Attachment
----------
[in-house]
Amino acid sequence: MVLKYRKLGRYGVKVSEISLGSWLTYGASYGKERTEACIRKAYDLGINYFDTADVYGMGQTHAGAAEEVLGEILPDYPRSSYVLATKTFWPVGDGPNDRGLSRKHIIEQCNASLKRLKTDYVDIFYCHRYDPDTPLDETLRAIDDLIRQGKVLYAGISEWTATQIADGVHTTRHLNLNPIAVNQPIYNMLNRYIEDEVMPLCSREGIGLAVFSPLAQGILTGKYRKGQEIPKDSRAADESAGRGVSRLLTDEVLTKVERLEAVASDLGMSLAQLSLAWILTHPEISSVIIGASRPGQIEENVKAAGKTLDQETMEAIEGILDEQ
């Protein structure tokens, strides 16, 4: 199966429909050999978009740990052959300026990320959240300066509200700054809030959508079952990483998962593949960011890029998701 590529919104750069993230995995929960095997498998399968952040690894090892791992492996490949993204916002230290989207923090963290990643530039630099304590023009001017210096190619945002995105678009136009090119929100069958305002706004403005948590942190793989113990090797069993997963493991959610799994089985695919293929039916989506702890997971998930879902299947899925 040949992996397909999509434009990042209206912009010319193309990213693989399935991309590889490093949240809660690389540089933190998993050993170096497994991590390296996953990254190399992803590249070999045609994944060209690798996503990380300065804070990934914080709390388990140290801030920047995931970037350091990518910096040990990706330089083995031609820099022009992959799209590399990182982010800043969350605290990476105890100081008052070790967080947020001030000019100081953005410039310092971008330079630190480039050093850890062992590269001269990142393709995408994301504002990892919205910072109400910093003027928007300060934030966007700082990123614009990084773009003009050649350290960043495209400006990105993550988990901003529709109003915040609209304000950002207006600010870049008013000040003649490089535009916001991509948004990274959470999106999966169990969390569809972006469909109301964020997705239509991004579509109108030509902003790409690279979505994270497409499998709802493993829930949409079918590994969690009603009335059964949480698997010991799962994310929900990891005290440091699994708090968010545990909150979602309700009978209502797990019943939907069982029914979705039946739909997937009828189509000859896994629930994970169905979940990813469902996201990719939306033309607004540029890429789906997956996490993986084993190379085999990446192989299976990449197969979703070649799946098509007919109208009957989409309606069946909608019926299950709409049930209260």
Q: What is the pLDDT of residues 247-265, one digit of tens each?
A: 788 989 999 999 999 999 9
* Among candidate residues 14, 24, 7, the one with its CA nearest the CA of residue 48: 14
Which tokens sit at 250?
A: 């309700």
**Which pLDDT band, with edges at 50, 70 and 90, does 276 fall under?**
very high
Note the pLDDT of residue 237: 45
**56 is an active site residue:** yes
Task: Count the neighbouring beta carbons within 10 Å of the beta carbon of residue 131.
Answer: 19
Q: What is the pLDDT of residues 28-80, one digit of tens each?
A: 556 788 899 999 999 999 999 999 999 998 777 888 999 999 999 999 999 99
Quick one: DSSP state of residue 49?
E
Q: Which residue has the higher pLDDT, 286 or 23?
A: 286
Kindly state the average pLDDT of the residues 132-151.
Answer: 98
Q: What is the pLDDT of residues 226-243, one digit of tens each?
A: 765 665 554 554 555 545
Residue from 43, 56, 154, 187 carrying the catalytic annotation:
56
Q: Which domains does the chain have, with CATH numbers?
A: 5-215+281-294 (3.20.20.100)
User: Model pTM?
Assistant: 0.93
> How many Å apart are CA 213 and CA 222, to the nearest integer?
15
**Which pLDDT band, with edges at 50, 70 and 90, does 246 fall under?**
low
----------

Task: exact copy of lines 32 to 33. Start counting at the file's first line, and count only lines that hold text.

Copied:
15
**Which pLDDT band, with edges at 50, 70 and 90, does 246 fall under?**